First-Line Chemotherapy With Capecitabine and Temozolomide in Patients With Metastatic Pancreatic Endocrine Carcinomas
Temozolomide is an active agent in metastatic pancreatic endocrine carcinomas. In vitro data indicate that the combination of capecitabine and temozolomide is synergistic for induction of apoptosis in neuroendocrine tumor cell lines. The authors retrospectively evaluated the efficacy of capecitabine and temozolomide in 30 patients with metastatic pancreatic endocrine carcinomas to assess response rate, progression free survival (PFS), and overall survival (OS). Patients with metastatic, well, or moderately differentiated pancreatic endocrine carcinomas who had not received prior systemic chemotherapy were treated with capecitabine (750 mg/m² twice daily, days 1-14) and temozolomide (200 mg/m² once daily, days 10-14) every 28 days. Among 30 patients treated, 21 (70%) patients achieved an objective radiographic response. Median progression-free survival was 18 months. The rate of survival at two years was 92%. Only 4 patients (12%) experienced grade 3 or 4 adverse events. The combination of capecitabine and temozolomide is associated with an exceptionally high and durable response rate in metastatic endocrine carcinomas of the pancreas. Clinical endpoints, including response rate, survival, and toxicity, are superior to those observed with streptozocin-based regimens.
First-Line Chemotherapy With Capecitabine
and Temozolomide in Patients With
Metastatic Pancreatic Endocrine Carcinomas
Jonathan R. Strosberg, MD
; Robert L. Fine, MD
; Junsung Choi, MD
; Aejaz Nasir, MD
; Domenico Coppola, MD
Dung-Tsa Chen, PhD
; James Helm, MD
; and Larry Kvols, MD
BACKGROUND. Temozolomide is an active agent in metastatic pancreatic endocrine carcinomas. In vitro data indi-
cate that the combination of capecitabine and temozolomide is synergistic for induction of apoptosis in neuroendo-
crine tumor cell lines. The authors retrospectively evaluated the efficacy of capecitabine and temozolomide in 30
patients with metastatic pancreatic endocrine carcinomas to assess response rate, progression free survival (PFS),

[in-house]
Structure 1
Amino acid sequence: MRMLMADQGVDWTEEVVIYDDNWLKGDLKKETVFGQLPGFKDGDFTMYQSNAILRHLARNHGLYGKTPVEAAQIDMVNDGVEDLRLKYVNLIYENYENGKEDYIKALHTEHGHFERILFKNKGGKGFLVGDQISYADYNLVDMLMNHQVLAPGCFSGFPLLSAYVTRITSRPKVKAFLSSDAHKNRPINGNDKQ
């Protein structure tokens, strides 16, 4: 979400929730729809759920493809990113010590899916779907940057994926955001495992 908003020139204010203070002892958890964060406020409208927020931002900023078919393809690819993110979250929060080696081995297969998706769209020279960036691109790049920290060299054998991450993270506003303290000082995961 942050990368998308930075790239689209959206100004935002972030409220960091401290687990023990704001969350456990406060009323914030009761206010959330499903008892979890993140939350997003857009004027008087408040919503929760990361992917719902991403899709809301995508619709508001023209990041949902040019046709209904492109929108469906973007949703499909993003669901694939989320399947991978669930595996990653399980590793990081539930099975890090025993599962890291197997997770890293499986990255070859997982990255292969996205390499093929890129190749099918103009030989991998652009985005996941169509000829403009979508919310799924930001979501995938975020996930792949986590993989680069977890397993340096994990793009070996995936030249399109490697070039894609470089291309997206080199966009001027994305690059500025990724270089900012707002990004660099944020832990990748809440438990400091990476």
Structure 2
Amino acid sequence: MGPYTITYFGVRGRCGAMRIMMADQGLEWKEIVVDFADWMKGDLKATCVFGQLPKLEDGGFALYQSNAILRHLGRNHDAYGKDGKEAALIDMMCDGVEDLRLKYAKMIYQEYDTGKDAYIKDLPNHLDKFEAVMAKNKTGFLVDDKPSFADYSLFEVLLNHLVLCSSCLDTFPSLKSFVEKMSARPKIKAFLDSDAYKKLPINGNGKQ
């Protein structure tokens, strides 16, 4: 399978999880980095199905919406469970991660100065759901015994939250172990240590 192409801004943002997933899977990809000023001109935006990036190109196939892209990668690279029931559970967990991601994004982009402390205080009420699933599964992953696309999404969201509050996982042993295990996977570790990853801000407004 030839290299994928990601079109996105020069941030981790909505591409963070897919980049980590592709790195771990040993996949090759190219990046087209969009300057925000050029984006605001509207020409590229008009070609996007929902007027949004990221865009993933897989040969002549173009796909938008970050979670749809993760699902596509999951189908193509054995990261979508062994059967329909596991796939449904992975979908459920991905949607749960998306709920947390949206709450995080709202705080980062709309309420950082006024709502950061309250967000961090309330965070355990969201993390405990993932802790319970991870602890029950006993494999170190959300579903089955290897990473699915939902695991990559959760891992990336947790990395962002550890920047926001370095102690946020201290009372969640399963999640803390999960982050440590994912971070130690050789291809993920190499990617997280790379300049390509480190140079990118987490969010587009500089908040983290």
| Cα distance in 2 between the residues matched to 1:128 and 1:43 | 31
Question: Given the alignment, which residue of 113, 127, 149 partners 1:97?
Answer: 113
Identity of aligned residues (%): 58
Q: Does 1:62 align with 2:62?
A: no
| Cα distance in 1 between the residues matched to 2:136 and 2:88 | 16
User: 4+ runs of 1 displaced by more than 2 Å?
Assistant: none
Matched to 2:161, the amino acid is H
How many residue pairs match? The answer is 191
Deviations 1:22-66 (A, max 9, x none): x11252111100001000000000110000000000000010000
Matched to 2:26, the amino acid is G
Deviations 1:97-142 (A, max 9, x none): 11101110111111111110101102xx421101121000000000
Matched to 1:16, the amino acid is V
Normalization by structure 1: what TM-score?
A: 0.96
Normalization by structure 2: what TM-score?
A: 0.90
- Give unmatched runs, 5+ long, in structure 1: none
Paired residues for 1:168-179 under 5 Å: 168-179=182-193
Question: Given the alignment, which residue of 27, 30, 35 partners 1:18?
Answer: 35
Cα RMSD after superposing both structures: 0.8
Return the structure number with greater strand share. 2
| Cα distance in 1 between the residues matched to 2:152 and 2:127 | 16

and overall survival (OS). METHODS. Patients with metastatic, well, or moderately differentiated pancreatic endocrine
carcinomas who had not received prior systemic chemotherapy were treated with capecitabine (750 mg/m
daily, days 1-14) and temozolomide (200 mg/m2 once daily, days 10-14) every 28 days. RESULTS. Among 30 patients
treated, 21 (70%) patients achieved an objective radiographic response. Median progression-free survival was 18
months. The rate of survival at two years was 92%. Only 4 patients (12%) experienced grade 3 or 4 adverse events.
CONCLUSIONS. The combination of capecitabine and temozolomide is associated with an exceptionally high and
durable response rate in metastatic endocrine carcinomas of the pancreas. Clinical endpoints, including response
rate, survival, and toxicity, are superior to those observed with streptozocin-based regimens Cancer 2011;117:268–75.
C2010 American Cancer Society.
KEYWORDS: Pancreatic endocrine tumors, carcinomas, pancreatic neuroendocrine tumors, islet cell tumors,
Pancreatic endocrine carcinomas (PECAs) are rare malignancies originating in neuroendocrine cells of the pan-
creas. Annual incidence is estimated to be 1 per 100,000, and approximately half are metastatic at diagnosis.
characterized by a propensity to secrete a variety of peptide and amine hormones, including insulin, gastrin, glucagon, vas-
oactive intestinal peptide (VIP), and serotonin. Most metastatic cases are unassociated with a hormonal syndrome and are
therefore termed ‘‘nonfunctional.’’
The prognosis of metastatic PECAs is strongly dependent on their histologic grade.
Poorly differentiated (high
grade) tumors bear a histologic resemblance to small cell carcinomas of the lung and are treated similarly with cytotoxic
regimens consisting of a platinum agent combined with etoposide or irinotecan.
The prognosis of low- and intermedi-
ate-grade PECAs is substantially superior, with reported survivals ranging from 2-5.5 years in the metastatic setting.
Cytoreductive surgery has been advocated for patients whose liver metastases can be resected with curative or near-curative